1911 Encyclopædia Britannica/Hampton, Wade
|←Hampstead||1911 Encyclopædia Britannica, Volume 12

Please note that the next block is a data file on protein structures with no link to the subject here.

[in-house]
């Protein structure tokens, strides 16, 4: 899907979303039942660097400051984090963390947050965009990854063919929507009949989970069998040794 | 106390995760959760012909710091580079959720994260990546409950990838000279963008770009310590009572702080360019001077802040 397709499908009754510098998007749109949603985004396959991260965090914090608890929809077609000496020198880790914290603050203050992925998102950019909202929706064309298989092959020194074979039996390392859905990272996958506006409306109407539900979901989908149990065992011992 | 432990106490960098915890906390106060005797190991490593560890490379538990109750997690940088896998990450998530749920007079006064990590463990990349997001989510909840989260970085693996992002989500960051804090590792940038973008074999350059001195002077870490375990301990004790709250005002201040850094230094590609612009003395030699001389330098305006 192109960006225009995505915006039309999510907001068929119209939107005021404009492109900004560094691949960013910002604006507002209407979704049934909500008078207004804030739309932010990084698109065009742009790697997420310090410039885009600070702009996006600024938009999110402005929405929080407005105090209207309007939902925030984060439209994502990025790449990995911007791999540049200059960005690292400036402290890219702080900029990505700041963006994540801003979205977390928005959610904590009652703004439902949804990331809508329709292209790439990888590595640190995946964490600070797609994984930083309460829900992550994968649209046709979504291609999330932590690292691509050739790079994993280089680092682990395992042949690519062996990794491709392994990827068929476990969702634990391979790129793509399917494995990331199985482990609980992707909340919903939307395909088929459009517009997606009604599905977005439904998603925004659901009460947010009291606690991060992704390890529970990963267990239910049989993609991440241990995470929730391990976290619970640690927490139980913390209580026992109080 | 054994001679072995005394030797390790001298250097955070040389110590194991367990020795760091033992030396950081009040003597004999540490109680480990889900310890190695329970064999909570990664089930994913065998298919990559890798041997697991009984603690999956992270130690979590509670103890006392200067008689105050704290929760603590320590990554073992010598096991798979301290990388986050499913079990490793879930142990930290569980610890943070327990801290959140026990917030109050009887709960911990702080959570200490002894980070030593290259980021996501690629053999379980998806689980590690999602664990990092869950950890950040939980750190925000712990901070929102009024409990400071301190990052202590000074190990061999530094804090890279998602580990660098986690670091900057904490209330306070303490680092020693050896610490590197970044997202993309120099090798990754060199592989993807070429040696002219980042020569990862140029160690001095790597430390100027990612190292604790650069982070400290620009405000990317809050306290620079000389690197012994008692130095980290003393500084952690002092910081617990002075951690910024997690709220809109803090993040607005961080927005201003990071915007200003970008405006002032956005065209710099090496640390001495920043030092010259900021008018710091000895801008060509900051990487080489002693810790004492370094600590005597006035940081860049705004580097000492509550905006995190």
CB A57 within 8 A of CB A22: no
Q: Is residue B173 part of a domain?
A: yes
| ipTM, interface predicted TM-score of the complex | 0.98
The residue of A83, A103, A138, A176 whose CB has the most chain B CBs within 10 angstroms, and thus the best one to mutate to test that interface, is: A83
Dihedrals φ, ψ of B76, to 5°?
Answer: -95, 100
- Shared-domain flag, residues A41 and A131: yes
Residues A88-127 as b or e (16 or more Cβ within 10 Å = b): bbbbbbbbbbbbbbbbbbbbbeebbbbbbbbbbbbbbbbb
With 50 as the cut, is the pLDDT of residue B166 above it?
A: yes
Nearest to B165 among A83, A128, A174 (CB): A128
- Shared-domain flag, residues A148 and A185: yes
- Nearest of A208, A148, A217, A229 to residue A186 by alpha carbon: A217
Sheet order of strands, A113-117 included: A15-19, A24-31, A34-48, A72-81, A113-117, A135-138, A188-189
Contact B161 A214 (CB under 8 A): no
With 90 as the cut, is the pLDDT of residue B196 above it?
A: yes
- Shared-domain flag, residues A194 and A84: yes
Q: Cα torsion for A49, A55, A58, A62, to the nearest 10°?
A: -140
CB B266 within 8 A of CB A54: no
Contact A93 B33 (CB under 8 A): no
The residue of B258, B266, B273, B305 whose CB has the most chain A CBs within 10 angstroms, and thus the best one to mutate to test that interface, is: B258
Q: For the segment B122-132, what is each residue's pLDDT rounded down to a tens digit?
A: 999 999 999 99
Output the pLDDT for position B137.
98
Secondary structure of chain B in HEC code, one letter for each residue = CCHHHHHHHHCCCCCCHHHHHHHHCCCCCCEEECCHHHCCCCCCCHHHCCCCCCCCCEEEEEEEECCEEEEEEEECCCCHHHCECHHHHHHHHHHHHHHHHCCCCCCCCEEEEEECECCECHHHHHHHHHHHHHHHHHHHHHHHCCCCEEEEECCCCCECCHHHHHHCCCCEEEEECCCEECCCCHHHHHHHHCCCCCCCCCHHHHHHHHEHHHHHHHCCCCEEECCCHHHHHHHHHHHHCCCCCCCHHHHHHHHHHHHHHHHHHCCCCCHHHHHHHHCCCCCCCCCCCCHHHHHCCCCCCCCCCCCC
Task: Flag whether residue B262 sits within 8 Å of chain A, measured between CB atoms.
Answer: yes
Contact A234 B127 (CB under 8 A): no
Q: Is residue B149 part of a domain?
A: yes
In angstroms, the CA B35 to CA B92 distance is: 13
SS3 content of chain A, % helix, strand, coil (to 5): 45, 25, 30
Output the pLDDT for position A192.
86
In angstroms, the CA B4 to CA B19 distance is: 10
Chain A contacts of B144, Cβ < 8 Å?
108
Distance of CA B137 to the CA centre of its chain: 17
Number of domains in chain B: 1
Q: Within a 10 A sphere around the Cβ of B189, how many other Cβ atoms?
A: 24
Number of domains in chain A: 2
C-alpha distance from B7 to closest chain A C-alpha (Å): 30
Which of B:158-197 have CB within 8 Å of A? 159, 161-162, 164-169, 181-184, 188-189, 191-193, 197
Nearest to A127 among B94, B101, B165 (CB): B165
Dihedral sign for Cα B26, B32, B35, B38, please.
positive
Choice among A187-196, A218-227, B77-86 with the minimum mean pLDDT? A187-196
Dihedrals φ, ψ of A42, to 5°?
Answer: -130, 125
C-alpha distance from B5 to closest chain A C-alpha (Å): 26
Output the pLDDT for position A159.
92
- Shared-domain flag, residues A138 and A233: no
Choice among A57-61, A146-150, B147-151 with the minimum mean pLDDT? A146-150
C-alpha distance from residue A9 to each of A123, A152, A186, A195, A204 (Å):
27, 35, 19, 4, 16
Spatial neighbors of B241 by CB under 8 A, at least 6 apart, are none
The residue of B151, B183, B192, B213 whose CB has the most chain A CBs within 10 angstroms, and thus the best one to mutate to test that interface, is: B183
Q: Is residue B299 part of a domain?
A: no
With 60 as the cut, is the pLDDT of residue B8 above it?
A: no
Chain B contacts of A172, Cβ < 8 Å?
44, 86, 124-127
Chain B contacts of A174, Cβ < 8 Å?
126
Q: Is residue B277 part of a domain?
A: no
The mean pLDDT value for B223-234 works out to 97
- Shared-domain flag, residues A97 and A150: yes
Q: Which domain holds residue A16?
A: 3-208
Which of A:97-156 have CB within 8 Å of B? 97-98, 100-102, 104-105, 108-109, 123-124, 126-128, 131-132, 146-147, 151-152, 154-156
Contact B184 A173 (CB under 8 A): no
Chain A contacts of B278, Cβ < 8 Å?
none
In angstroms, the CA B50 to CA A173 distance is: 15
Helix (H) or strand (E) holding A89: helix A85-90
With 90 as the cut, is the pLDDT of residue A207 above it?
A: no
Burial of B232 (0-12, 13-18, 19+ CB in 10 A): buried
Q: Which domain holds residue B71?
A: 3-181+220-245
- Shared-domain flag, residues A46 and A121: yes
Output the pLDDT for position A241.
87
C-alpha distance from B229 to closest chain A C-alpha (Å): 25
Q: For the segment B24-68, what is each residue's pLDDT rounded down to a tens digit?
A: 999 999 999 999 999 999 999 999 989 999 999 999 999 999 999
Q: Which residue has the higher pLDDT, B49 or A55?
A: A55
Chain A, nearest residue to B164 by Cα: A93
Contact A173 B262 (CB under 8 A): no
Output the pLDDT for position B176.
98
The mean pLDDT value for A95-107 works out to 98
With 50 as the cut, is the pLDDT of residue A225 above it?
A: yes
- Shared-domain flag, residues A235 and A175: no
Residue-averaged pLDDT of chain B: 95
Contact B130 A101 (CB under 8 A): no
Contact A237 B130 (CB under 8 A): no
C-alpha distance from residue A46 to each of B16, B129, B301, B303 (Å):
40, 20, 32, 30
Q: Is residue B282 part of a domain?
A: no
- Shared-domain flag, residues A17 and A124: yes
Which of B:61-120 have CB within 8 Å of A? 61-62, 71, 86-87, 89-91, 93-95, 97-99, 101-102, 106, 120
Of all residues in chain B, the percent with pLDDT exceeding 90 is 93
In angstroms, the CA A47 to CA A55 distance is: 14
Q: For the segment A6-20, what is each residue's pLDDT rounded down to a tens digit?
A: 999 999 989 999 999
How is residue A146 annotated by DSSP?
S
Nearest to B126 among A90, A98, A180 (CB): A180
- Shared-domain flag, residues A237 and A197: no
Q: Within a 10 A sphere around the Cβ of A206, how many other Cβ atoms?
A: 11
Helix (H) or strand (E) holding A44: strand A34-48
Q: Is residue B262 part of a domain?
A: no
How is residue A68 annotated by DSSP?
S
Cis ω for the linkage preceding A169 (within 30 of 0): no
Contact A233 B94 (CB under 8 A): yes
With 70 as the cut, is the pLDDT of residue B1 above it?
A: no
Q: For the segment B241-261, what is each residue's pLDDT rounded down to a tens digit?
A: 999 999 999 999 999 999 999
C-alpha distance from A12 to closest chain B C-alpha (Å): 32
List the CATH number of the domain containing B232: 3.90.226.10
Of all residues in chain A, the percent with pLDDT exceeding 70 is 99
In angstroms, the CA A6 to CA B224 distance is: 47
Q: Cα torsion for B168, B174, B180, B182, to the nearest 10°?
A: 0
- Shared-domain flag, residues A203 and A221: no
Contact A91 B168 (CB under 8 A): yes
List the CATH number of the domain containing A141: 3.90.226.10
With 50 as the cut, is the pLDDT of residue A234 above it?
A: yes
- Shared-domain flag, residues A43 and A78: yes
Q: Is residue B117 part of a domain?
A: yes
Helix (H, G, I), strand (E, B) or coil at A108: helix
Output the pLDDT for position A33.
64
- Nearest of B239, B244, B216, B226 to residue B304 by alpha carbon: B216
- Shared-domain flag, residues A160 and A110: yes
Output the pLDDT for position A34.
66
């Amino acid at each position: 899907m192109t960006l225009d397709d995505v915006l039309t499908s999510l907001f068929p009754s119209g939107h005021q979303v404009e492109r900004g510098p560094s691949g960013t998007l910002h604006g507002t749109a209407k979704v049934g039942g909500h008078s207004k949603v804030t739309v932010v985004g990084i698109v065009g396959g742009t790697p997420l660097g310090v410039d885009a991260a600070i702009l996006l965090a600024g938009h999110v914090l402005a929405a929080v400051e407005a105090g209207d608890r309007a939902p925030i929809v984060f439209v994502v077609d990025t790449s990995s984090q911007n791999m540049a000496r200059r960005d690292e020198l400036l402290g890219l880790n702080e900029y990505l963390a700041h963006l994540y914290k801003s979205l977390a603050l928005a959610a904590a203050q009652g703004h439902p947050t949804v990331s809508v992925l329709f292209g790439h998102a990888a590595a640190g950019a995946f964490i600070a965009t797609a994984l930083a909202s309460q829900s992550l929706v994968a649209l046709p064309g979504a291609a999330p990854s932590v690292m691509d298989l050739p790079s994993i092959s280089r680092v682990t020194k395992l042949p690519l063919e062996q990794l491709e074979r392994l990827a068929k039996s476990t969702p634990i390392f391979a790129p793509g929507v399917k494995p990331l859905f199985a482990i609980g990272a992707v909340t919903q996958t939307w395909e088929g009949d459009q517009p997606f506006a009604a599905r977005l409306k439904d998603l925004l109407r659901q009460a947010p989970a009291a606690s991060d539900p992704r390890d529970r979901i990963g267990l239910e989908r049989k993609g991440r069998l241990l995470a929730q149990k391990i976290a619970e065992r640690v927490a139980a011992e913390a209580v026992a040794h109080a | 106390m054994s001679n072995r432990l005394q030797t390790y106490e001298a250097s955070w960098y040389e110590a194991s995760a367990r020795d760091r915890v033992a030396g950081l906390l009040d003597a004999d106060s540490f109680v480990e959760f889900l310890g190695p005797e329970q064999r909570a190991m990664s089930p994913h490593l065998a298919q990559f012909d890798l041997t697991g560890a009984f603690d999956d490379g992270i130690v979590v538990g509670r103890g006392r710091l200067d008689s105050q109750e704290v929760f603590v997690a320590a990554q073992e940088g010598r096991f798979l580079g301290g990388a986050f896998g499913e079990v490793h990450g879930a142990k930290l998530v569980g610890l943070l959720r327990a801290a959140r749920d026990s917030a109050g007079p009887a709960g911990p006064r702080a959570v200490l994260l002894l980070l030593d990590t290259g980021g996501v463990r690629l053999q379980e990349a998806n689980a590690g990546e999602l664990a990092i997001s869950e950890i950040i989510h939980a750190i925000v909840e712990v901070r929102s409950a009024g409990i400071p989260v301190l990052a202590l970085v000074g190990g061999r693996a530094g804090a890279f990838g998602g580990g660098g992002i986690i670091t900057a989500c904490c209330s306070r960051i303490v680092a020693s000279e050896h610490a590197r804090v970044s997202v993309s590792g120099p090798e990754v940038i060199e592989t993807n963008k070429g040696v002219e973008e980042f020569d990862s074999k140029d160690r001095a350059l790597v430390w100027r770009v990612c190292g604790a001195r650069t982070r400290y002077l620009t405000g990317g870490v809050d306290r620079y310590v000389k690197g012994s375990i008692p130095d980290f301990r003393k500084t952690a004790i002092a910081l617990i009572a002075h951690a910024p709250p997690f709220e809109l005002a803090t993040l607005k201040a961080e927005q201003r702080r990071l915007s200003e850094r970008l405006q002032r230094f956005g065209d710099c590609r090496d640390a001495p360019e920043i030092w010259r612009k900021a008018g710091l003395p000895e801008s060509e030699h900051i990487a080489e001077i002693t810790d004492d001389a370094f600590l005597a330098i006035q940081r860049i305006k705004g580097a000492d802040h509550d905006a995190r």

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HAMPTON, WADE (1818-1902), American cavalry leader was born on the 28th of March 1818 at Columbia, South Carolina, the son of Wade Hampton (1791-1858), one of the wealthiest planters in the South, and the grandson of Wade Hampton (1754-1835), a captain in the War of Independence and a brigadier-general in the War of 1812. He graduated (1836) at South Carolina College, and was trained for the law. He devoted himself, however, to the management of his great plantations in South Carolina and in Mississippi, and took part in state politics and legislation. Though his views were opposed to the prevailing states-rights tone of South Carolinian opinion, he threw himself heartily into the Southern cause in 1861, raising a mixed command known as "Hampton's Legion," which he led at the first battle of Bull Run. During the Civil War he served in the main with the Army of Northern Virginia in Stuart's cavalry corps. After Stuart's death Hampton distinguished himself in opposing Sheridan in the Shenandoah Valley, and was made lieutenant-general to command Lee's whole force of cavalry. In 1865 he assisted Joseph Johnston in the attempt to prevent Sheridan's advance through the Carolinas. After the war his attitude was conciliatory and he recommended a frank acceptance by the South of the war's political consequences. He was governor of his state in 1876-1879, being installed after a memorable contest; he served in the United States Senate in 1879-1891, and was United States commissioner of Pacific railways in 1893-1897. He died on the 11th of April 1902. See E. L. Wells, Hampton and Reconstruction (Columbia, S.C., 1907).